1. Drawing from Real Li...
2. Positive & Negat...
3. The Four Rules of Sh...
4. Imaginative Drawing
When multiple lines intersect to create a closed area, we call it a shape. When you look at an image closely, you’ll see that it’s nothing more than a bunch of shapes forming a visual illusion. I’m not talking about objects or parts of objects, I’m only talking about pieces of a drawing that are visually different. A shadow, for example, is a shape as well, just as a highlight.
Drawing from Real Life
If you (only) want to draw from real life, we’re already done here. I only need to explain a few things about shapes and techniques, and you’re good to go. I, however, think you want to be able to draw anything, not just copy some object that you put in front of you. The rest of the course is focussed solely on achieving that goal; drawing anything you can imagine. Nevertheless, the methods described here are still fundamental concepts that will probably be of some value to you.
There are two methods to draw from real life: contouring and block-in.
This sounds the simplest, but actually is the hardest. Contouring simply means that you copy every shape you see directly to the paper. You don’t need to know the structure behind the objects in your picture, or how shading works – you can see the shapes right in front of you, and you can just copy them.
This method is a simplification of the contouring method. Instead of drawing objects shape by shape, you draw the shapes around it (at the edges of the paper), where nothing happens. When done carefully, these blocks reveal the shapes you were trying to draw. The more often you refine your blocks, the smoother your shapes will be.
Positive & Negative Shapes
Broadly speaking, the world is a set of so-called positive and negative shapes, balancing each other. When you hold your pencil up in the air before your eyes, you see a pencil shape (obviously). Your focus is on the pencil, which is why it’s called a positive shape. There is, however, something else you also (unconsciously) see: the space around the pencil. This space is mostly ignored by your brain, as it is blurred and empty, and therefore a negative shape.
The block-in method from last section already made great use of these negative shapes, and you should use them as well any time you notice their existence!
As you can see, positive shapes are surrounded by negative shapes; objects are surrounded by empty spaces without any object. When it comes to drawing, both of these shapes are important. To remember this distinction, it helps to know other names for negative spaces that are more descriptive: trapped shapes or negative space.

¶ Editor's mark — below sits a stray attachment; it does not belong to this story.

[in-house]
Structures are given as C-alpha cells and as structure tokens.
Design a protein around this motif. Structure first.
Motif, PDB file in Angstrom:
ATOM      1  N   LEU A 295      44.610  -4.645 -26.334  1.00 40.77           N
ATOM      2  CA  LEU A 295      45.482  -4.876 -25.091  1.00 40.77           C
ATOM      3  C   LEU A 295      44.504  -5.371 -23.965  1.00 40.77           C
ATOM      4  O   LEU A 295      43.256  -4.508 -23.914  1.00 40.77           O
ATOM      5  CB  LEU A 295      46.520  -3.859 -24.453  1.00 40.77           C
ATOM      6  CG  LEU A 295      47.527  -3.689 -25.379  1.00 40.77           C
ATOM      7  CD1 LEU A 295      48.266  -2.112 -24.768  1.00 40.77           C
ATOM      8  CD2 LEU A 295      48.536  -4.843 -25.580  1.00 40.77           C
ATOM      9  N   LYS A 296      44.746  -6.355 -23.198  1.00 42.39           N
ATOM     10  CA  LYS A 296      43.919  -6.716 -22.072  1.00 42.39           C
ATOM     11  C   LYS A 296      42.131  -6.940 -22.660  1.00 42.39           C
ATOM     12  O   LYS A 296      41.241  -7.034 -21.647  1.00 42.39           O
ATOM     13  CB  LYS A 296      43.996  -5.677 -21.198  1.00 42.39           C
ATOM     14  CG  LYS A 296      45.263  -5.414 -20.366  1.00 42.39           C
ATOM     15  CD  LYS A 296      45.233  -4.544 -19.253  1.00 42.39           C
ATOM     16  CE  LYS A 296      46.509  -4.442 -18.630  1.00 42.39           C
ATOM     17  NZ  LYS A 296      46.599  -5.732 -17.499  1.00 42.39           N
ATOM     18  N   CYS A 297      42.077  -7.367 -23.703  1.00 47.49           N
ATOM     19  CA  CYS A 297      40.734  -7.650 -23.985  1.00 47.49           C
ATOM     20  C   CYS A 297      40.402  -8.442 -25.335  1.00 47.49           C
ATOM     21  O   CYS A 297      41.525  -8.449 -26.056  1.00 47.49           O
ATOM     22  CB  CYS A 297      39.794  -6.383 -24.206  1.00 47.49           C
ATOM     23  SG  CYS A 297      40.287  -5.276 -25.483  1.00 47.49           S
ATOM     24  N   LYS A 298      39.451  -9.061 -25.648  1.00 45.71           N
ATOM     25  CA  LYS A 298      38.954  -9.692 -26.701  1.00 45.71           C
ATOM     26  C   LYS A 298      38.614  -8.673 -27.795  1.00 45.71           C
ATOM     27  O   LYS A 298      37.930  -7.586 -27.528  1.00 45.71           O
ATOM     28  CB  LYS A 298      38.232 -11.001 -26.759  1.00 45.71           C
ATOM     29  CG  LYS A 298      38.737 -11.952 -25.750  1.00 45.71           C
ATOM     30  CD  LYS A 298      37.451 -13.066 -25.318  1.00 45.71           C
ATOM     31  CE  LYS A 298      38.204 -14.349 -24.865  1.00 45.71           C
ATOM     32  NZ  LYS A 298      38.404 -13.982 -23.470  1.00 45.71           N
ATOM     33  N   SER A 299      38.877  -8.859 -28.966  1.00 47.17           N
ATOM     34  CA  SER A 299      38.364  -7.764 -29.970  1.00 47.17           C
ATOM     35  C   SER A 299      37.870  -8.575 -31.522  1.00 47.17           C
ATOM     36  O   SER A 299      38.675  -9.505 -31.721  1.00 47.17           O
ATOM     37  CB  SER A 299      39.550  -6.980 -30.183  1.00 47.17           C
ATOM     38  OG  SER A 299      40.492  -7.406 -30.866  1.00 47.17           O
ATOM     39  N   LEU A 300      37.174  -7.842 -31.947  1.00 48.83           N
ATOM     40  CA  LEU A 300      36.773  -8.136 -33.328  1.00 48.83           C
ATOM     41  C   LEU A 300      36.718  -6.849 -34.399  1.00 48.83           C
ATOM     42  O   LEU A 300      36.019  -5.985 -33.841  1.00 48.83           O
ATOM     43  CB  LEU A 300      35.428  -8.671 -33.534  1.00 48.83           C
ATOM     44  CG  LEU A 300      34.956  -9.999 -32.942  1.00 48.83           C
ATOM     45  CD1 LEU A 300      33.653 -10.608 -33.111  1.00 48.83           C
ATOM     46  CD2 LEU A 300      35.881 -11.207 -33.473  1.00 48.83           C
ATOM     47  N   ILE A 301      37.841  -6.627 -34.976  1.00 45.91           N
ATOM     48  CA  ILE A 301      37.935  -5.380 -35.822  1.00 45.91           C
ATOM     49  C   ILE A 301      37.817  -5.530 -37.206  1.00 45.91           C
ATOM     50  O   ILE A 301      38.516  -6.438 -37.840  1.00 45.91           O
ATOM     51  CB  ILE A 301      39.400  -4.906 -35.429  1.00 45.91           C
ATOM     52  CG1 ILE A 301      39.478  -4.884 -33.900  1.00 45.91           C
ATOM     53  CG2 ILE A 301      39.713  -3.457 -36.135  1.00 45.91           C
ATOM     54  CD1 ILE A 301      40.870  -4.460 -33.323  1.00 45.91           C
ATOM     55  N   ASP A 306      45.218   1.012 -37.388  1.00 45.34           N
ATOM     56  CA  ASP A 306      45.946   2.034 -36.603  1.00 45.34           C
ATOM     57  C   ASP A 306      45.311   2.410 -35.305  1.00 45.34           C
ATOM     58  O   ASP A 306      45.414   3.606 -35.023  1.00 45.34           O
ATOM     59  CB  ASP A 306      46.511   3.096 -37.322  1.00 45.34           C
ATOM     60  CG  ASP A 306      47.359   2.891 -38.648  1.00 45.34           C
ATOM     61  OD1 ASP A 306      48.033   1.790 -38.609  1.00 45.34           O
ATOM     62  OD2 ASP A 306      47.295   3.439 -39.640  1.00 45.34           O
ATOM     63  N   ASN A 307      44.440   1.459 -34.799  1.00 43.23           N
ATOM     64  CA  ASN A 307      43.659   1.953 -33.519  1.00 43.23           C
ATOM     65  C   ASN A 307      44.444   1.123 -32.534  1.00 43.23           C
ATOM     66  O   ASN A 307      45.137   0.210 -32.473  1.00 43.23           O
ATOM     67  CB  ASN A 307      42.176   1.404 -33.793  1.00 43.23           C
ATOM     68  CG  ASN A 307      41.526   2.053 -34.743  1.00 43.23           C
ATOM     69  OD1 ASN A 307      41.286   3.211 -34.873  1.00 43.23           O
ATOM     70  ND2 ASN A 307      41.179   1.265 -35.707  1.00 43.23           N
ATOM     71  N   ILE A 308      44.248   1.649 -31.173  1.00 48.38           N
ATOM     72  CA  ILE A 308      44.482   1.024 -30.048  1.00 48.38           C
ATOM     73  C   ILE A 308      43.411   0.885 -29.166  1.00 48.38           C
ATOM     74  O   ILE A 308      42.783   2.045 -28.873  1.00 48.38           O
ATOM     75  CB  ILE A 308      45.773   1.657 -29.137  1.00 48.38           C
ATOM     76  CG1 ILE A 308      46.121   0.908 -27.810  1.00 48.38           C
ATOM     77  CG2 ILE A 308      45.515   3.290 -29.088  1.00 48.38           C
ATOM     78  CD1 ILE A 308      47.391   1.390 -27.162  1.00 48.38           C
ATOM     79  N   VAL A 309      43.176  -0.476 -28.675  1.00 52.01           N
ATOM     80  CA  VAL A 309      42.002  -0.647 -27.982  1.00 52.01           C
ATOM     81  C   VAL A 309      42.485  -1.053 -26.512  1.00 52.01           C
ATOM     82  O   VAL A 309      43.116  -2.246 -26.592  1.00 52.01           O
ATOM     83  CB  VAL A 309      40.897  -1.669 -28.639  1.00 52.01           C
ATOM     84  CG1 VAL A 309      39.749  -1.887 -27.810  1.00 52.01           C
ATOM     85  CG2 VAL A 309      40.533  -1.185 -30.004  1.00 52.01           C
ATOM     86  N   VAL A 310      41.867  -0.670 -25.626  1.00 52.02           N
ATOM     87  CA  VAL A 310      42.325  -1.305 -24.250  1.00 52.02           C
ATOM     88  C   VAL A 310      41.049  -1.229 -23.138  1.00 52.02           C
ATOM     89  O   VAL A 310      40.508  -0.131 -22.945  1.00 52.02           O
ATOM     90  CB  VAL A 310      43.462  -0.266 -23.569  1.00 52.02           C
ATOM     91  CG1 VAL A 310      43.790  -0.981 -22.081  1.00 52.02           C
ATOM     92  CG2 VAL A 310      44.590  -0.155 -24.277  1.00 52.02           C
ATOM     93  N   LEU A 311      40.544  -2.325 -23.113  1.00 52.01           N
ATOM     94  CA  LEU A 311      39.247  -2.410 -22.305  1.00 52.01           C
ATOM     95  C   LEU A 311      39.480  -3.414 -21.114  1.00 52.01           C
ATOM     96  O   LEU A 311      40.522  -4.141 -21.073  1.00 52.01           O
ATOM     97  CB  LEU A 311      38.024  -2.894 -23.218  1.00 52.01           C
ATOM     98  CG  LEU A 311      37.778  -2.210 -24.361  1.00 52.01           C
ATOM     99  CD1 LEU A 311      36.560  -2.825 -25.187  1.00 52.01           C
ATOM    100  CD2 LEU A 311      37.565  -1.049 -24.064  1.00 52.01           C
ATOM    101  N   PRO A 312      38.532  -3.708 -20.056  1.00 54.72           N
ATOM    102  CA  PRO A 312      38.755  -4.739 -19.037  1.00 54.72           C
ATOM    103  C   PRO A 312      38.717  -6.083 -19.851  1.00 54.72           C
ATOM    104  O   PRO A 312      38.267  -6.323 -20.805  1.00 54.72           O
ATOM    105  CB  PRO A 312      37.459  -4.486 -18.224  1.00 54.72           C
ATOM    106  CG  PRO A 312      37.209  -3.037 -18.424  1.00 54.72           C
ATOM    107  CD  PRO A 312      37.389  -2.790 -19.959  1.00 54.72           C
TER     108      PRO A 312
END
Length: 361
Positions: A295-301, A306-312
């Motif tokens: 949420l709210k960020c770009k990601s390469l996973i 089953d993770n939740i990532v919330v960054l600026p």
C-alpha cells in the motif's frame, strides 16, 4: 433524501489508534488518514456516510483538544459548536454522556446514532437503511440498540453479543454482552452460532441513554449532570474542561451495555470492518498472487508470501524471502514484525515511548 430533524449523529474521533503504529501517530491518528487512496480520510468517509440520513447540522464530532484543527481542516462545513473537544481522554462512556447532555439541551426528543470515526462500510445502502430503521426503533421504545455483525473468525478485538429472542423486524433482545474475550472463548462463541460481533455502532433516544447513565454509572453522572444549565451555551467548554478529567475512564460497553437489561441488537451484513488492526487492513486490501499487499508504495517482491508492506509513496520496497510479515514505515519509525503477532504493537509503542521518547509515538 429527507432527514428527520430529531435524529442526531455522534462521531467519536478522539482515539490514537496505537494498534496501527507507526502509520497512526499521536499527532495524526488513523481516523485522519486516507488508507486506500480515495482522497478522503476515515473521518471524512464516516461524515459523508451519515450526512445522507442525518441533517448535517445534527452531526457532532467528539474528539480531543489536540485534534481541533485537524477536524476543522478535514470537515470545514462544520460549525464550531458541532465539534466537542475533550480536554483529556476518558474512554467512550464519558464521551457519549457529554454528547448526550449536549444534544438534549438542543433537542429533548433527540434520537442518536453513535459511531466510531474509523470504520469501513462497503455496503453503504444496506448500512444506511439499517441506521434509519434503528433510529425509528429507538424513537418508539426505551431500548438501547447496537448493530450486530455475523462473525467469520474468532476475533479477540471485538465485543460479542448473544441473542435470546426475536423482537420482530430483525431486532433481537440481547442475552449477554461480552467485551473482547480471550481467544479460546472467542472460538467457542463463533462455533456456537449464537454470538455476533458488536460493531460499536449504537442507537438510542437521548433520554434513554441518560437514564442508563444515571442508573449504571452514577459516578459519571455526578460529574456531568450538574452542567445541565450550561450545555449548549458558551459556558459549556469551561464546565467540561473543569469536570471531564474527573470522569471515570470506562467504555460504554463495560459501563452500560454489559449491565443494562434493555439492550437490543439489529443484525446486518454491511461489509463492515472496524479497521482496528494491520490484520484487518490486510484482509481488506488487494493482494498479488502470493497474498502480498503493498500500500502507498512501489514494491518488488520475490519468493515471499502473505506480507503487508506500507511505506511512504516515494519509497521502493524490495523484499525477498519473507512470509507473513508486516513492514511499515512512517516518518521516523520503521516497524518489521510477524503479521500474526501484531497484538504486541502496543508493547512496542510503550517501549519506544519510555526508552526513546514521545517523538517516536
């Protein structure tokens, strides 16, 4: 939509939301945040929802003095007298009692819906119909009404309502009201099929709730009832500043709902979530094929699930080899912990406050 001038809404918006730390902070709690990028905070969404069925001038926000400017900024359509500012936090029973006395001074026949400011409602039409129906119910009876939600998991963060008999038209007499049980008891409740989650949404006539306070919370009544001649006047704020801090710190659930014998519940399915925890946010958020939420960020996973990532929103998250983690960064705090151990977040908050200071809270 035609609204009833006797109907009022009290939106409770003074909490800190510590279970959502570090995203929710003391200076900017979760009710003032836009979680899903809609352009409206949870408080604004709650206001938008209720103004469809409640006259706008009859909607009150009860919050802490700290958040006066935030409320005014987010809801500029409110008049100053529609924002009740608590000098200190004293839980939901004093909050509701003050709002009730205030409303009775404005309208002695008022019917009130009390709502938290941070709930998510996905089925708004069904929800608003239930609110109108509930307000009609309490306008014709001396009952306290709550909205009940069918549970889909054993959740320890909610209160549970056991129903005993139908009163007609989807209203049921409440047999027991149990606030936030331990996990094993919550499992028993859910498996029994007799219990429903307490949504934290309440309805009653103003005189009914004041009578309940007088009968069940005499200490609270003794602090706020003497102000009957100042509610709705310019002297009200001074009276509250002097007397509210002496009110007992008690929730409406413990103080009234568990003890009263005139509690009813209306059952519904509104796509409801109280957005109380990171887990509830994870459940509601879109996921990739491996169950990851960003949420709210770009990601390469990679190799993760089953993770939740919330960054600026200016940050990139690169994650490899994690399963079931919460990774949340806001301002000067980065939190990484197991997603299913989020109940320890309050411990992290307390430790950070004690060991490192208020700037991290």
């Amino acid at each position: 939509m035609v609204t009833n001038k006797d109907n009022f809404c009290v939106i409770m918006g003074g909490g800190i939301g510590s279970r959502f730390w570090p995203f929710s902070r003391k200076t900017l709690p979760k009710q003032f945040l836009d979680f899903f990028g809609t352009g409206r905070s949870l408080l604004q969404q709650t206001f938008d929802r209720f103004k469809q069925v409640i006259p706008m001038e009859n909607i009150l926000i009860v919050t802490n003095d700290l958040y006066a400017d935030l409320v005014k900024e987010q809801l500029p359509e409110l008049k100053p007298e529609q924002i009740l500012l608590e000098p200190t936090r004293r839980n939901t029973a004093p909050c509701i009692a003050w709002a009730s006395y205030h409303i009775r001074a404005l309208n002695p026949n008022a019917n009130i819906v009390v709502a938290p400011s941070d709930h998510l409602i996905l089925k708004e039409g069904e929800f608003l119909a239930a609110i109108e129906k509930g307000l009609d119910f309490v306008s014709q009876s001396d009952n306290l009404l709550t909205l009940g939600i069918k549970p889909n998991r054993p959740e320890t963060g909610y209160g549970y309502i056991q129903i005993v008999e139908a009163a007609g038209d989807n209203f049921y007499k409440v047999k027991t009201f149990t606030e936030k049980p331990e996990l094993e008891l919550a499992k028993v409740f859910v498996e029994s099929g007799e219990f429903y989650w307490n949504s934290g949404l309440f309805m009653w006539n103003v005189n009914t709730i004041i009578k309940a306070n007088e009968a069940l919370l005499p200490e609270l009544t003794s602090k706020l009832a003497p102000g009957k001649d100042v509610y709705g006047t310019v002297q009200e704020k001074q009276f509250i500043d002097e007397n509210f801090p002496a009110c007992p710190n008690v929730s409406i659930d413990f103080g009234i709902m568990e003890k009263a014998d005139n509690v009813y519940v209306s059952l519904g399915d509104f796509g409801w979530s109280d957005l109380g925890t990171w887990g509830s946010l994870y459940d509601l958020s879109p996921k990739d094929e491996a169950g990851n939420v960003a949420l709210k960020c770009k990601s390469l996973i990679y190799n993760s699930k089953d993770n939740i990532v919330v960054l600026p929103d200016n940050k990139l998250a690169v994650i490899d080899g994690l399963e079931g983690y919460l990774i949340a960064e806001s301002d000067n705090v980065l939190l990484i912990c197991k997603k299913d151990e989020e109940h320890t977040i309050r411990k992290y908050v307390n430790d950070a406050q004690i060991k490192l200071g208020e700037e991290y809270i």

The Four Rules of Shape
It’s possible that “just draw the shapes as you see them” is a bit overwhelming, which is why I would like to list the four rules of shape, which are always a good starting point.
- Start Large. Draw large shapes first, then smaller shapes. Start with a general outline of each object, or maybe even a general outline of multiple objects at the same time. Squinting your eyes or rotating the image can help notice the largest of forms and shapes.
- Enrich. Distinguish between those major shapes by adding details and shading. Look for shapes that enrich what you already have, such as highlights, shadows, reflections, patterns, or textures. All of these are also shapes by themselves, although not always as obvious or simple as you think shapes to be.
- Connect. Tie shapes together to simplify the drawing, and make your life easier. You might think this adds to the confusion, but it actually greatly reduces it. Instead of adding all sorts of small scribbly lines and subtle tone differences, everything is unified and the viewer automatically interprets it the right way.
- Think “Negative”. When you see a trapped shape, draw it. Trapped shapes inherently reveal the positive shapes.
Note that points 2—4 are in no particular order. As illustrated with the drawing below, you can apply them in any way you like.
Now that you’ve learnt all about drawing from real life, you’re surely eager to know how you can draw anything that pops into your head. For this, the only method available is called construction. Simply put, everything can be constructed out of basic shapes, which are rectangles and ovals. And, of course, all sorts of variations on those (ellipses, trapezoids, egg-like shapes, etcetera). Next chapters will tell you all about those!
After such a general and abstract chapter, there aren’t really exercises to be done. All I can say is: if you have the time, find an interesting object, and try drawing it using the methods I provided. Especially try to see and draw the negative shapes. Go wild!